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US court throws out $655 million verdict against PLO over Israel attacksThis decision is the latest setback for efforts to hold foreign entities liable in US courts for damages related to terrorism.
The 2nd US Circuit Court of Appeals in Manhattan threw out the $655.5 million verdict against the Palestinian Authority and the Palestinian Liberation Organization for damages suffered American families by terrorist attacks in Israel.
The appeals court ordered that the civil lawsuit, which began in January 2004, be dismissed. This decision is the latest setback for efforts to hold foreign entities liable in US courts for damages related to terrorism.
The court in New York ruled that the lower court which issued the February 2015 verdict did not have jurisdiction over the case.
In February 2015, a US jury found the PA and the PLO liable under the US Anti-Terrorism Act (18 U.S.C. § 2331 et seq.), which permits US citizens injured by acts of international terrorism to pursue damages in federal court. The appeal was won with the judges recognizing the horrors, while denying the jurisdiction to weigh in on the case.
Judge John Koeltl wrote: “The terror machine gun attacks and suicide bombings that triggered this suit and victimized these plaintiffs were unquestionably horrific. But the federal courts cannot exercise jurisdiction in a civil case beyond the limits prescribed by the due process clause of the Constitution, no matter how horrendous the underlying attacks or morally compelling the plaintiffs’ claims.”
10 families had won the verdict sued under the Anti-Terrorism Act, which lets American victims of international terrorism sue in US courts.
The families had sought to hold PLO and the Palestinian Authority liable for six shootings and bombings between 2002-4 in Israel in which 33 people were killed, including several Americans, and wounded more than 450.
The families said late PLO Chairman Yasser Arafat and his agents routinely arranged for payments to attackers and to families of attackers who died. But the defendants have said they condemned the attacks and blamed them on rogue employees who acted on their own, Reuters reports.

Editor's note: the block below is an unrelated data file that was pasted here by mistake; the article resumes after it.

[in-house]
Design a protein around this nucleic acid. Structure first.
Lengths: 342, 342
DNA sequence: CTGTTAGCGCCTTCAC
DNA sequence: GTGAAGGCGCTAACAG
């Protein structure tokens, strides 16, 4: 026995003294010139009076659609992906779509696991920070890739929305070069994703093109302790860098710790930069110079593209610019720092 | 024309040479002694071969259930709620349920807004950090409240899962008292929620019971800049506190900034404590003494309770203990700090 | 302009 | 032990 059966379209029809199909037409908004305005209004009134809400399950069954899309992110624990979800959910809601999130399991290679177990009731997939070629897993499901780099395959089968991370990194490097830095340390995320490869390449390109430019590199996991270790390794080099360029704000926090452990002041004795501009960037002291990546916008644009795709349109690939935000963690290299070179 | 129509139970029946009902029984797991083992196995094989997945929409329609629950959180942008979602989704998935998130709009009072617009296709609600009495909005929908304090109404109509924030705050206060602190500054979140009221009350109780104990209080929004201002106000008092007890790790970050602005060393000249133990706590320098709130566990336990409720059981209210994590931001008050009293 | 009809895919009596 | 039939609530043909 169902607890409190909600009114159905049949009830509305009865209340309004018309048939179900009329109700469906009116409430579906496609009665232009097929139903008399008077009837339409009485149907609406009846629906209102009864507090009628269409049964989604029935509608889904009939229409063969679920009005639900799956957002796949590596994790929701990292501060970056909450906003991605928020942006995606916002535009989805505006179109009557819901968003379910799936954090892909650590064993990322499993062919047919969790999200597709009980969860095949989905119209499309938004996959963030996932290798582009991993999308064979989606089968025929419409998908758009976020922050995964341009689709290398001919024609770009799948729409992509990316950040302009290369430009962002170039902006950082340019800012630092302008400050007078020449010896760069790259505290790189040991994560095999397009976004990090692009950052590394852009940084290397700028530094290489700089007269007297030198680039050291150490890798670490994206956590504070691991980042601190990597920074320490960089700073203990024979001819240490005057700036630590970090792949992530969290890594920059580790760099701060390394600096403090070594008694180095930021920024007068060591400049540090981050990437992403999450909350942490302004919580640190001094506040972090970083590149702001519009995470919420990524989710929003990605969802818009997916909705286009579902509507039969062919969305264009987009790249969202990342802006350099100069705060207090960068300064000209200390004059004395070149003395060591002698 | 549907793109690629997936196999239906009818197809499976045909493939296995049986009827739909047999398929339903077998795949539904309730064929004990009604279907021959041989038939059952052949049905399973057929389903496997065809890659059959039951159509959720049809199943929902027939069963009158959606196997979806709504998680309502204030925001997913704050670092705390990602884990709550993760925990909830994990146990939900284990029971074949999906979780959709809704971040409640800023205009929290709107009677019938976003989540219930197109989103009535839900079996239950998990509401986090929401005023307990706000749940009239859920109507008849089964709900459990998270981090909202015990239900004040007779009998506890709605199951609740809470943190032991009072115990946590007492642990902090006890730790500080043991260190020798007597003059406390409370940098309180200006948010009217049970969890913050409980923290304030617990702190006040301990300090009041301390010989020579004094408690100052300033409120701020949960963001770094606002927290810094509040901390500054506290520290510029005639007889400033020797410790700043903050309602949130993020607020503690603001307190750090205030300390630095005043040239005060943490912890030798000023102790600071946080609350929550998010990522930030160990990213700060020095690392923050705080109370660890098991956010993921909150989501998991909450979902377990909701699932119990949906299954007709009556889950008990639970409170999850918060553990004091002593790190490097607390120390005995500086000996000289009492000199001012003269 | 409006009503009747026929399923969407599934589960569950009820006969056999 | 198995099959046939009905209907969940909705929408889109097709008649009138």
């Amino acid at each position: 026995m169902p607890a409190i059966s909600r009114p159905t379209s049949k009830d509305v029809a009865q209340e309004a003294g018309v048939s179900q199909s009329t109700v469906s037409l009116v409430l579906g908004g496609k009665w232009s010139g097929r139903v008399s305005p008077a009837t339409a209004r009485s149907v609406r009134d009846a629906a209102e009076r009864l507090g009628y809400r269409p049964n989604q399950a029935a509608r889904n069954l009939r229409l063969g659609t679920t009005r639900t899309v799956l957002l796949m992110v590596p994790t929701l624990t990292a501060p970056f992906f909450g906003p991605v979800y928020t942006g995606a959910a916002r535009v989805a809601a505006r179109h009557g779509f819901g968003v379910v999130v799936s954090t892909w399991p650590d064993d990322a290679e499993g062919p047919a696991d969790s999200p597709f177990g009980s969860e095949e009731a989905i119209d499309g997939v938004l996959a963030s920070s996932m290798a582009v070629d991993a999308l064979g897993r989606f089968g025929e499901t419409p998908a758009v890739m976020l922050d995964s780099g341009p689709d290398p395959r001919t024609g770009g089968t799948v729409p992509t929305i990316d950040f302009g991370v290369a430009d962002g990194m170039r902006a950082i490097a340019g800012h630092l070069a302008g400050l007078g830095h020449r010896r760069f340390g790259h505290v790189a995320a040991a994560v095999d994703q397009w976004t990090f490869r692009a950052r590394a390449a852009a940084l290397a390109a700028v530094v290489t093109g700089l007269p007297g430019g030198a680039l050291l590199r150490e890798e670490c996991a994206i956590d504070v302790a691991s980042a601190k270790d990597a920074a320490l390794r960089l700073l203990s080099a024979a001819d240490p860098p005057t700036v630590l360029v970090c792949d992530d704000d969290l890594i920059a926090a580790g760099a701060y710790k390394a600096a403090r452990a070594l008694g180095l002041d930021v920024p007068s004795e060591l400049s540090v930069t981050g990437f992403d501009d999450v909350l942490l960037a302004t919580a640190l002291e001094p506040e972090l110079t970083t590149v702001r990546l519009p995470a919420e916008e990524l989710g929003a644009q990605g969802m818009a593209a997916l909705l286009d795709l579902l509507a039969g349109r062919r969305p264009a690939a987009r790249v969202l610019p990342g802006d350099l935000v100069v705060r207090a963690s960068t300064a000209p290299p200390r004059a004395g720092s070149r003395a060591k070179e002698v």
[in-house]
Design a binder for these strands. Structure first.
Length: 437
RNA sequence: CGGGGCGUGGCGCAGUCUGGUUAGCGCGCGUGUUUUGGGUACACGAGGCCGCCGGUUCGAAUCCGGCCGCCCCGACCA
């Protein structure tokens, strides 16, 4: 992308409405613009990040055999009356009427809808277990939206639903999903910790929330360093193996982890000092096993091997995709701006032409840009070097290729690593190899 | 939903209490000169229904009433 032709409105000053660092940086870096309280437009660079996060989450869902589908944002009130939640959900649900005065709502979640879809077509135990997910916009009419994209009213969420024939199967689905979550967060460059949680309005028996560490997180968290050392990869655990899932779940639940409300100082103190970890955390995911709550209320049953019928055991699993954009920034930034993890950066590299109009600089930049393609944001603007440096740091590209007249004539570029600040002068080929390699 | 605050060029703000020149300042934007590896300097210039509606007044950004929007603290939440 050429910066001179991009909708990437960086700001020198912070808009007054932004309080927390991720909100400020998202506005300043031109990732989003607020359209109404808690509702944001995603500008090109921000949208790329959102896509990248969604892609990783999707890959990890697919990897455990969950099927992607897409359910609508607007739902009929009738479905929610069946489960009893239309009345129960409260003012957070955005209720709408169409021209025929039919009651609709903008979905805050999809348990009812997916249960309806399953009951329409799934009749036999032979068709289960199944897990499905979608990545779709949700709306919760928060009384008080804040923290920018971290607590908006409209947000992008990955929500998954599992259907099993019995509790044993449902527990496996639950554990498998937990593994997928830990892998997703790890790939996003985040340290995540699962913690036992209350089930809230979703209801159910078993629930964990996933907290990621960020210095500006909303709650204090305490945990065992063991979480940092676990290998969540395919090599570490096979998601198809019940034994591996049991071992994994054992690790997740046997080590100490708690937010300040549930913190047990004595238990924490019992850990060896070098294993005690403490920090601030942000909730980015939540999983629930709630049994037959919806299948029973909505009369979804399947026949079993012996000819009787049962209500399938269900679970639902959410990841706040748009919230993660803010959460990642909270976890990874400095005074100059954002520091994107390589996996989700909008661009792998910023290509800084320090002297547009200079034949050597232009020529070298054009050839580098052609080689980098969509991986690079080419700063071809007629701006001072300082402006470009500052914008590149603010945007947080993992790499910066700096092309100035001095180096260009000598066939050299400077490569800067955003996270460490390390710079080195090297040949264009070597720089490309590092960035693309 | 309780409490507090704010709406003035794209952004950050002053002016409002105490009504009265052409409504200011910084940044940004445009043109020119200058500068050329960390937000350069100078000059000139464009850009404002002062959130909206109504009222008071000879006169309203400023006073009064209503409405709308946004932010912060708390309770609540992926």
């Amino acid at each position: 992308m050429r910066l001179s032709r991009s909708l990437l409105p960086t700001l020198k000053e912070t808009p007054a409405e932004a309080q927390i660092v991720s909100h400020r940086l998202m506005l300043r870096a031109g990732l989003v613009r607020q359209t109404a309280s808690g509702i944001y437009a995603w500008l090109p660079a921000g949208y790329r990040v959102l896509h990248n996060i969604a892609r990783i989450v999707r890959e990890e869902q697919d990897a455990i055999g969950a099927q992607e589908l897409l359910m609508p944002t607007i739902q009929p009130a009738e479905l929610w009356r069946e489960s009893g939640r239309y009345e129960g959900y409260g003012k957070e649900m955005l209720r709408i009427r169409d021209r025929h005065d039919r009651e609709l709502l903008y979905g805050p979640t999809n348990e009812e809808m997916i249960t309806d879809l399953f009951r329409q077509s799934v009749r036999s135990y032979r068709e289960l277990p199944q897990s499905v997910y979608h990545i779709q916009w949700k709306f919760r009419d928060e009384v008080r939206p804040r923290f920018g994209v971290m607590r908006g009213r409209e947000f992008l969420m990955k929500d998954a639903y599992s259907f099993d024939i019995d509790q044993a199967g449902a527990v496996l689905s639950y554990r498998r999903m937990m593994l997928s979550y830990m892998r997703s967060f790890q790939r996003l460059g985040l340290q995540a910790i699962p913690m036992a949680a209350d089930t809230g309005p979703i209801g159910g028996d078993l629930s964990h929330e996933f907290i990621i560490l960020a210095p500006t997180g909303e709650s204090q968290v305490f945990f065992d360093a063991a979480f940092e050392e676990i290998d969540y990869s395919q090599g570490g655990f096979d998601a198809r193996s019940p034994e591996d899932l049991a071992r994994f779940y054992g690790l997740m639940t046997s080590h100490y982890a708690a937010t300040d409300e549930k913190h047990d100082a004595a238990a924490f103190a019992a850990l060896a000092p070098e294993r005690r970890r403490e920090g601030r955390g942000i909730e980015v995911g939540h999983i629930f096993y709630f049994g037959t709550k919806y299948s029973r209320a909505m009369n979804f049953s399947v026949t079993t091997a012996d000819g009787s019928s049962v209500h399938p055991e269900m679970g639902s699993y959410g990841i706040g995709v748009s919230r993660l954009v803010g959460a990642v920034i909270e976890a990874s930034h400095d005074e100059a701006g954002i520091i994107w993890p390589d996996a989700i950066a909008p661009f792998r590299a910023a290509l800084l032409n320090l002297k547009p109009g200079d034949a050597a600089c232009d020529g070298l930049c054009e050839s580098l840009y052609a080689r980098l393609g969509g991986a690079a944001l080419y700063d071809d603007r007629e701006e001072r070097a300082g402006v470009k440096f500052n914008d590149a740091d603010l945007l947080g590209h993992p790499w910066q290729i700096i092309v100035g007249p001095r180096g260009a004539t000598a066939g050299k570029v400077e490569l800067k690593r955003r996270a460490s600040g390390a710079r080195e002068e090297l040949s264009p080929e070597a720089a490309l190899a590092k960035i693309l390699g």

In February 2015, after a six-week trial, a federal jury in Manhattan awarded the families $218.5 million, which was tripled automatically to $655.5 million under the Anti-Terrorism Act.
The appeals court said the trial judge, George Daniels, erred in letting the case proceed at all.
Koeltl said the attacks occurred “entirely outside” U.S. territory, and found no evidence that Americans were targeted.
He also said that while the Palestinian groups maintained a mission in Washington, D.C., and promoted their cause within the country, this did not make them “essentially at home” in the United States.
Last August, add Reuters, without taking a position in the case, the U.S. government said it strongly supported the right of terrorism victims to pursue damages in federal court. It nonetheless told Daniels that requiring the defendants to post a high bond during their appeal could impede their operations and further destabilize the region.
On Wednesday, after the initial verdict was thrown out, the families attorney Kent Yalowitz said it was a “cruel decision” of the appeals court.
“The very terrorists who prompted the law have now hidden behind the US Constitution to avoid responsibility for their crimes,” Yalowitz said in a statement to The New York Times. “This cruel decision must be corrected so that these families may receive justice.”
The attorney said the families were considering taking the case to the full appeals court, or even asking the Supreme Court to hear it.
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